Throughout March and April we will be running an online lecture series on ‘Georgian Gardens and Landscapes’. Comprising seven lectures, the varied programme of lectures will explore different aspects of garden and landscape history of the long eighteenth century. The full list of talks is below – click on the talk title to go to the booking page.
2nd March – Hidden Horticulturists
Fiona Davison will tell the untold story of the young gardeners who trained at the Horticultural Society’s Chiswick Garden in the 1820s and went on to shape Britain’s gardens. These previously hidden figures played a central role in the history of British horticulture and helped to shape the way we garden today.
9th March – Marble Hill: A garden of grottos and groves
Emily Parker will explore how the garden at Marble Hill House was created for Henrietta Howard, mistress of George II and later Countess of Suffolk, and who may have been involved in its design.
George Carter and Caroline Knight discuss the work of William Kent – one of those all-round designers who could turn his hand to anything, whether architecture, interior design or garden design – and how he played a crucial role in the evolving naturalistic style of garden design in the first half of the eighteenth century.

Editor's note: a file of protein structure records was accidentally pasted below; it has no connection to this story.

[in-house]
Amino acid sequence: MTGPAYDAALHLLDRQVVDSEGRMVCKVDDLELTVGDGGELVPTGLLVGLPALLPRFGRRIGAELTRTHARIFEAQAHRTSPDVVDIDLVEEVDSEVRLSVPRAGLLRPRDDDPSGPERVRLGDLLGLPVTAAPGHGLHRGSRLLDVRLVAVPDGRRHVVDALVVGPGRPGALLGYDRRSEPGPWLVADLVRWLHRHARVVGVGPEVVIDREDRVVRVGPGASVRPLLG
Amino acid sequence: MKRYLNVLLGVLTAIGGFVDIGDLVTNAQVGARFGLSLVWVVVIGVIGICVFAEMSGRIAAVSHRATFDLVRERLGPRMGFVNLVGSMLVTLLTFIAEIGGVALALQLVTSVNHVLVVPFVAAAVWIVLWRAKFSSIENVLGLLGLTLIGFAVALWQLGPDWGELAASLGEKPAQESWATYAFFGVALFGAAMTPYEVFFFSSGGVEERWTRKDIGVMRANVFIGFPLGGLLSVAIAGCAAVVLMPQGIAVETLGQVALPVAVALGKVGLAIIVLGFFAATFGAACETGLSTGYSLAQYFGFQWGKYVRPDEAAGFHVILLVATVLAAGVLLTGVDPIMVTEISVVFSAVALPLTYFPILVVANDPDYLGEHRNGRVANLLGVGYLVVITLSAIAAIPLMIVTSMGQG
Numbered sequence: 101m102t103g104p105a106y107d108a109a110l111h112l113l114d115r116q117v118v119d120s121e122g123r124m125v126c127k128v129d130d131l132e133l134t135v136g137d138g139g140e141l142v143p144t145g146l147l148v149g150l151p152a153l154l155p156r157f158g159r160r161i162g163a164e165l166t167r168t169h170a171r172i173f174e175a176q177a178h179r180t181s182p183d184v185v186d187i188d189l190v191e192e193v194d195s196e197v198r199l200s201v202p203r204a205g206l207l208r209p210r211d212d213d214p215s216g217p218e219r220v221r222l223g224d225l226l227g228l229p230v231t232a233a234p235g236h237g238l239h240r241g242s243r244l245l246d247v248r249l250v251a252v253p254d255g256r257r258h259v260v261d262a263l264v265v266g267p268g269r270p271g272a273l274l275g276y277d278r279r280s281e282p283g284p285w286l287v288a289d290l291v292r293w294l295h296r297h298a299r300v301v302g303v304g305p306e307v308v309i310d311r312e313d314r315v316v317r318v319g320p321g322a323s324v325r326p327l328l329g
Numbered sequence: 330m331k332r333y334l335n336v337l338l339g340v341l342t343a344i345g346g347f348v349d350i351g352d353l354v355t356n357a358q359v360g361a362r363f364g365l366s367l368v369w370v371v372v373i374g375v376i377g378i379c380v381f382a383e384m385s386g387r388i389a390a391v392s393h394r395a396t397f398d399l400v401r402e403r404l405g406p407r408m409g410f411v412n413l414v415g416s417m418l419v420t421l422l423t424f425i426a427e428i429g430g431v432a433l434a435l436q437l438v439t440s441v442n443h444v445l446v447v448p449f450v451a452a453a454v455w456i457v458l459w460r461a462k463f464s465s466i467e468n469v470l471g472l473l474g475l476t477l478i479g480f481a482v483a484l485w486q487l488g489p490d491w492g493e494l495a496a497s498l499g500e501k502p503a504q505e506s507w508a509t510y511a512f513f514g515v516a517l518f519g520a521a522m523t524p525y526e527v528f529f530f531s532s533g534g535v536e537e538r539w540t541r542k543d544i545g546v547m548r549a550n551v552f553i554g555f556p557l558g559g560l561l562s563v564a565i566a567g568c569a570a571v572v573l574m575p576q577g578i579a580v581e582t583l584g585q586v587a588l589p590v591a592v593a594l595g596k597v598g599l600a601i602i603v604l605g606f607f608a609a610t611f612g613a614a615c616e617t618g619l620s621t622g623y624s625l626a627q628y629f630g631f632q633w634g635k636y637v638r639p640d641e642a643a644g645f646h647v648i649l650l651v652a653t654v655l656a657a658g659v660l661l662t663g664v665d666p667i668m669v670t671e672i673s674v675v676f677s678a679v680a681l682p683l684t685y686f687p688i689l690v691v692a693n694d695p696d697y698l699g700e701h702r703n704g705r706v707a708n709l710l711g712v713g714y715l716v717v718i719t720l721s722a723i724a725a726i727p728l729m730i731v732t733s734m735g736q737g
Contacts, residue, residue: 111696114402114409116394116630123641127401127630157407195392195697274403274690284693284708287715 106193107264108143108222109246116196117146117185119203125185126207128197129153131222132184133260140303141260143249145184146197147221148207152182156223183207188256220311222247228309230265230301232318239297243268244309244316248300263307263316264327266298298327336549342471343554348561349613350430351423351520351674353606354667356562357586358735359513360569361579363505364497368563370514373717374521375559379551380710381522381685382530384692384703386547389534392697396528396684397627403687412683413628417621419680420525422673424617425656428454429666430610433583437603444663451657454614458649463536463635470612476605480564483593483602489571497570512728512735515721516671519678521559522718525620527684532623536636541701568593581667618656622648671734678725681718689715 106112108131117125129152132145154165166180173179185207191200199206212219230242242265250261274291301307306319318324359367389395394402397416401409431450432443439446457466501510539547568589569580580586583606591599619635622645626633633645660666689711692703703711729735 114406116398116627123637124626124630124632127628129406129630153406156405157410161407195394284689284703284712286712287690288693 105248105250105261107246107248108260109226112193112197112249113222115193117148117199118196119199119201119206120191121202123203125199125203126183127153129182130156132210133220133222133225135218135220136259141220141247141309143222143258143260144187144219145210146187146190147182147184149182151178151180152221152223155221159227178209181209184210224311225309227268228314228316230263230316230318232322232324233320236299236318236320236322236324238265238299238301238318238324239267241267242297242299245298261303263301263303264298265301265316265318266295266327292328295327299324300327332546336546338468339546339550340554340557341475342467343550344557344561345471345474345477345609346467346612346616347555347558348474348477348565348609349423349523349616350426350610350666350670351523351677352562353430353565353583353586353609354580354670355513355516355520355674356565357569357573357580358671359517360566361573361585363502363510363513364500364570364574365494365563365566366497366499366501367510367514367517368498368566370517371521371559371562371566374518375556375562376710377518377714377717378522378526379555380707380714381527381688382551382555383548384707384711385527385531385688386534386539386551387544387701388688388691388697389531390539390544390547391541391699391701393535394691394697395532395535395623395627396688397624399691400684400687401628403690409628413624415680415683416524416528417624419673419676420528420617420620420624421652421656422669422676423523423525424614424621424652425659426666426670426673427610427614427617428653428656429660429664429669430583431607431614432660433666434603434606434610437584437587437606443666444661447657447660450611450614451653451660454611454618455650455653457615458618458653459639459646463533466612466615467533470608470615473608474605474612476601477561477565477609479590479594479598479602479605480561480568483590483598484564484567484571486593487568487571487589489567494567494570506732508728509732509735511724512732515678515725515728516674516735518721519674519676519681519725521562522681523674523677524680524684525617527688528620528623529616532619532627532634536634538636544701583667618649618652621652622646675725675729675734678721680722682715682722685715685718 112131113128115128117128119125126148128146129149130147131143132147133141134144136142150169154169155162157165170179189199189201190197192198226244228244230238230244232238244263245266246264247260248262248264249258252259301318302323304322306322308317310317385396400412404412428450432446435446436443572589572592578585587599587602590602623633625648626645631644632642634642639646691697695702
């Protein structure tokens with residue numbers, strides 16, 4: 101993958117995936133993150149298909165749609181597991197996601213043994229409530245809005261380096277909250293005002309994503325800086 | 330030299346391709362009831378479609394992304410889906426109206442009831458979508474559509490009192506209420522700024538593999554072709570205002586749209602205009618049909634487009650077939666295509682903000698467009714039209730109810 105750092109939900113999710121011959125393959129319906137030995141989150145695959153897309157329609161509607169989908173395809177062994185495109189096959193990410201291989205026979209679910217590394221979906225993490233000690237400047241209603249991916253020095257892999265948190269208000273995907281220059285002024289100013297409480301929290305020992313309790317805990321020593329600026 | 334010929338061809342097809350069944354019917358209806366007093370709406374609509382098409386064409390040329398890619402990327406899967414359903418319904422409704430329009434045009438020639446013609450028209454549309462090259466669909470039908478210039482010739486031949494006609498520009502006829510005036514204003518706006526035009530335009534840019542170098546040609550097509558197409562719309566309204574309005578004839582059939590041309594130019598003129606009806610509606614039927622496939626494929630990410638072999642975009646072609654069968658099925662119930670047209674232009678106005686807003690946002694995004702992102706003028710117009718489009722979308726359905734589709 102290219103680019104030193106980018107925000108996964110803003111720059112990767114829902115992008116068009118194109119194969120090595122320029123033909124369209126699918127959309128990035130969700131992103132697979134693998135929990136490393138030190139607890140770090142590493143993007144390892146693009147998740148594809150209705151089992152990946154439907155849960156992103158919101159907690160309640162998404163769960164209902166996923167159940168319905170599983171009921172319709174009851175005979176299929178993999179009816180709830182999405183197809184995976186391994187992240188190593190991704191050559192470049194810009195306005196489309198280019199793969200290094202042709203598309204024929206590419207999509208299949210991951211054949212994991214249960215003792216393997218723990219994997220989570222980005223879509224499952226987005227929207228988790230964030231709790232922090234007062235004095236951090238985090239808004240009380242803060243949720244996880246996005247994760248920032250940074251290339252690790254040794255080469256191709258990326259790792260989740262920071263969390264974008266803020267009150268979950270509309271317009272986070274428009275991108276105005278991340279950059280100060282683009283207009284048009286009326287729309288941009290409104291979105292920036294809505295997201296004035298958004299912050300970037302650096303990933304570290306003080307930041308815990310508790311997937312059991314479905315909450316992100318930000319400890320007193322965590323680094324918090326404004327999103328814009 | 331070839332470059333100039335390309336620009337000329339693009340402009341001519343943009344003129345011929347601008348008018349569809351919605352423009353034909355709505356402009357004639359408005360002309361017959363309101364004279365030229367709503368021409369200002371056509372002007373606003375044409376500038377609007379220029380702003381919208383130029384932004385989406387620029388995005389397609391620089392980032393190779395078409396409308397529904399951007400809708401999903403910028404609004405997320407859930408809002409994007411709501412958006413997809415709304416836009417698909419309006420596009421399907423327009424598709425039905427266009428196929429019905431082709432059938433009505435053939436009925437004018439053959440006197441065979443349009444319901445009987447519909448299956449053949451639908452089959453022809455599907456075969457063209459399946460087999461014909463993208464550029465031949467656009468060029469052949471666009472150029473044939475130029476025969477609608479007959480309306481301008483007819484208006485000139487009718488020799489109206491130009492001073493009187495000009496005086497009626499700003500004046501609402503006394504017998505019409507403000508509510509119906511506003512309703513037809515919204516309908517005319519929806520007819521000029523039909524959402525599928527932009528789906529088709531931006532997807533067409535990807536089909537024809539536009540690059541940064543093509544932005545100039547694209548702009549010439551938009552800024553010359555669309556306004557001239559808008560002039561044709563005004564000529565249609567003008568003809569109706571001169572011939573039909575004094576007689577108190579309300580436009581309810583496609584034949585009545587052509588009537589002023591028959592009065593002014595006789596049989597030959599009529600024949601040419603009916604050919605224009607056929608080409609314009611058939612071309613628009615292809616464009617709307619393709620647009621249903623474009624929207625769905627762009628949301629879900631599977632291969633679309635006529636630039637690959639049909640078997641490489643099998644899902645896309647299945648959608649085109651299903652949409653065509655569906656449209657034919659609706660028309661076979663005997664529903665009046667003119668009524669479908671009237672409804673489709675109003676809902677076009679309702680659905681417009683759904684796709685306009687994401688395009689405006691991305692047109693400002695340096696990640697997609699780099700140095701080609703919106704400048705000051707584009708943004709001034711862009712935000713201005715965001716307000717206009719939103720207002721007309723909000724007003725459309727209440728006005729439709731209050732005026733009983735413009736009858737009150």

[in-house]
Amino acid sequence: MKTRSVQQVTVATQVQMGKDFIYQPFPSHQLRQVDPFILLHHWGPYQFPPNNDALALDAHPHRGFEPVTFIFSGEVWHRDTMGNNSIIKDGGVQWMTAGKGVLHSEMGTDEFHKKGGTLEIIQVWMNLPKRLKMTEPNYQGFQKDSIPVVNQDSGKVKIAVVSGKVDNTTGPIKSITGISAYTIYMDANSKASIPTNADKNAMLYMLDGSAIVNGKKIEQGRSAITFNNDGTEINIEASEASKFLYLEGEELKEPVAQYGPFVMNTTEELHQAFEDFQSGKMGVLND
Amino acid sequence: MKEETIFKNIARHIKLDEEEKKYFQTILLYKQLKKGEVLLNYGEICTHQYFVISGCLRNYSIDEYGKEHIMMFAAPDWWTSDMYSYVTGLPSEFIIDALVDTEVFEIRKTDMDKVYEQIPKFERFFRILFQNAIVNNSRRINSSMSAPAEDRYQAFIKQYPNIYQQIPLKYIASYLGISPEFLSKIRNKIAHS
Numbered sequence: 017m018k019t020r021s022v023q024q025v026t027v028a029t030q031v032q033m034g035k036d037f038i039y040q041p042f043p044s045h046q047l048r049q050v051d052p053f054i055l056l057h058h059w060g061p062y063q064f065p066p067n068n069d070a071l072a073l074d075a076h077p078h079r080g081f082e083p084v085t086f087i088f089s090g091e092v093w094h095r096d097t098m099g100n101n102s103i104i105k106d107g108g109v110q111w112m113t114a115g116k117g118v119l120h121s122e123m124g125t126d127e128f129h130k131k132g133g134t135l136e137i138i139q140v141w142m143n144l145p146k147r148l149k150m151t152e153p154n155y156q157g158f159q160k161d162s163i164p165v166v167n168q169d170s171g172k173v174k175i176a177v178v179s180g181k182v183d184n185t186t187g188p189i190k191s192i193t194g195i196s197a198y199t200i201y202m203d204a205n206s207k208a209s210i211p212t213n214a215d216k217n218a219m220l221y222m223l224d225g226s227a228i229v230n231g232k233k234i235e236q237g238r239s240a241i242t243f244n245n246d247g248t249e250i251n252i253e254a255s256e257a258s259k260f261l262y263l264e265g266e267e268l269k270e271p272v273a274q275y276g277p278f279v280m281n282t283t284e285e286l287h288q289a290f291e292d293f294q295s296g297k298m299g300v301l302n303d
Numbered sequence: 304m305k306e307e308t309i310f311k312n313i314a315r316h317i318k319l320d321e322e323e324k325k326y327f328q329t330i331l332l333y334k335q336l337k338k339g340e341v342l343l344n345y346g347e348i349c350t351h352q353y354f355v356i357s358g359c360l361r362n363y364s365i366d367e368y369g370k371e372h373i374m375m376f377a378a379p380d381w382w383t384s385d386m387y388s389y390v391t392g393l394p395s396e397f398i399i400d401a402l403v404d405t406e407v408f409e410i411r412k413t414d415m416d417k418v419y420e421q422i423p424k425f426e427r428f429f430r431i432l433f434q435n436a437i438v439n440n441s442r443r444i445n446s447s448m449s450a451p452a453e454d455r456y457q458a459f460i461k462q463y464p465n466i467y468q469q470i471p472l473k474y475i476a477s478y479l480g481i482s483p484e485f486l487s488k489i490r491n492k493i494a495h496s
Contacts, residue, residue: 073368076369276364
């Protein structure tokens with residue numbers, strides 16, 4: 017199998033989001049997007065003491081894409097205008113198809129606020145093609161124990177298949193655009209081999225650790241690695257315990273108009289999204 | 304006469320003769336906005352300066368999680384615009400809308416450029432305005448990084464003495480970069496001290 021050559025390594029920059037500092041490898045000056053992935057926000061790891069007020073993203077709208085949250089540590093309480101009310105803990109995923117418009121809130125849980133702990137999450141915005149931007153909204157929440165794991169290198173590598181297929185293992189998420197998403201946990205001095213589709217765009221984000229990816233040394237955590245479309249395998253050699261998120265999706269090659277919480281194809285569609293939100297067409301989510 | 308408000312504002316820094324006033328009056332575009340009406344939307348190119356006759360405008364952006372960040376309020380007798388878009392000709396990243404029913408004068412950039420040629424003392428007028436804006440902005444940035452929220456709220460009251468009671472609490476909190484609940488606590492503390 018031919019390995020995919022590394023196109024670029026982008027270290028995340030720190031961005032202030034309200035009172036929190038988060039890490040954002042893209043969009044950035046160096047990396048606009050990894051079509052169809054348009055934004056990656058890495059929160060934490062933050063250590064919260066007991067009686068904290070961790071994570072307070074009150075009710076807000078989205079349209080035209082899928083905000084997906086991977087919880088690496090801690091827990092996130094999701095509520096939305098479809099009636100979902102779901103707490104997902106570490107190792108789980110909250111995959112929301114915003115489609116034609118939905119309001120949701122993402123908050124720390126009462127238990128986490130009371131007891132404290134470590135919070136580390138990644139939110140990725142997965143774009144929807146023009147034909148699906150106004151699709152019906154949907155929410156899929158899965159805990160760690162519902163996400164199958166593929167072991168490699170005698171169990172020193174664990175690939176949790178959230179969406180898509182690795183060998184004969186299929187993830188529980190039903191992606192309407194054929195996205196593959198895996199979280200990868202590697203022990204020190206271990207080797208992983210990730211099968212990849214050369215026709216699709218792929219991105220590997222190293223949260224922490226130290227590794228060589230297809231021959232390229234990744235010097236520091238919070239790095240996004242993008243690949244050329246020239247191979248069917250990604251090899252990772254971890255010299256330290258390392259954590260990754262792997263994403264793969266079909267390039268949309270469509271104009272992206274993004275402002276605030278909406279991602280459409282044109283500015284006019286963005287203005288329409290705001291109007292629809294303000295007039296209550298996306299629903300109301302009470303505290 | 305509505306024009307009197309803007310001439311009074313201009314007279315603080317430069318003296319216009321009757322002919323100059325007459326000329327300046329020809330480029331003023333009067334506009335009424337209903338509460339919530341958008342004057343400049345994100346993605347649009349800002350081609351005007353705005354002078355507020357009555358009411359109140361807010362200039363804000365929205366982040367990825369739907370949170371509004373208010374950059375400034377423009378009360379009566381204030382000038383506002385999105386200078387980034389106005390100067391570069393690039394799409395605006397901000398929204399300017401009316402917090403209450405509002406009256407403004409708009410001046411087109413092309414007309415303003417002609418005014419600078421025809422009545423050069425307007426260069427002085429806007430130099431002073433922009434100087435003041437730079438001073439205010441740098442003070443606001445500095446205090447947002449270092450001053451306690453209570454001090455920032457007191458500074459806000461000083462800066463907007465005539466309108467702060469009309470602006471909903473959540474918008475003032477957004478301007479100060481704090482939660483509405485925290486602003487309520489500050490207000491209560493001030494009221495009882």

Prof. Penelope Corfield will analyse the social dynamics of London’s most popular and celebrated Pleasure Garden in Vauxhall, which flourished between 1732 and its final closure in 1859.
30th March – Welsh Gardens and the Grand Tour
Bettina Harden examines the links between the Grand Tour and its effect on the Welsh patrons and owners who, on their return from the Continent, set about bringing something of what they had seen abroad to their home surroundings, demonstrating how ‘gardening and refined connoisseurship were the obsession of the age.’
6th April – Follies: An Architectural Journey
Rory Fraser will explore how follies, an important feature of English landscape gardens in the long eighteenth century, serve as focal points for architecture, landscape and literature, creating a series of portals through which to understand the periods in which they were built and providing an alternative lens through which to track and celebrate the English character, culture and love of individualism.
13th April – The English Landscape Revolution
Kim Wilkie will chart the development of the eighteenth-century English Landscape Movement, which pioneered a radical new approach to sculpting and farming the land, through some of the projects he has worked on, from the grand landscapes of our finest country houses to more humble manor houses.
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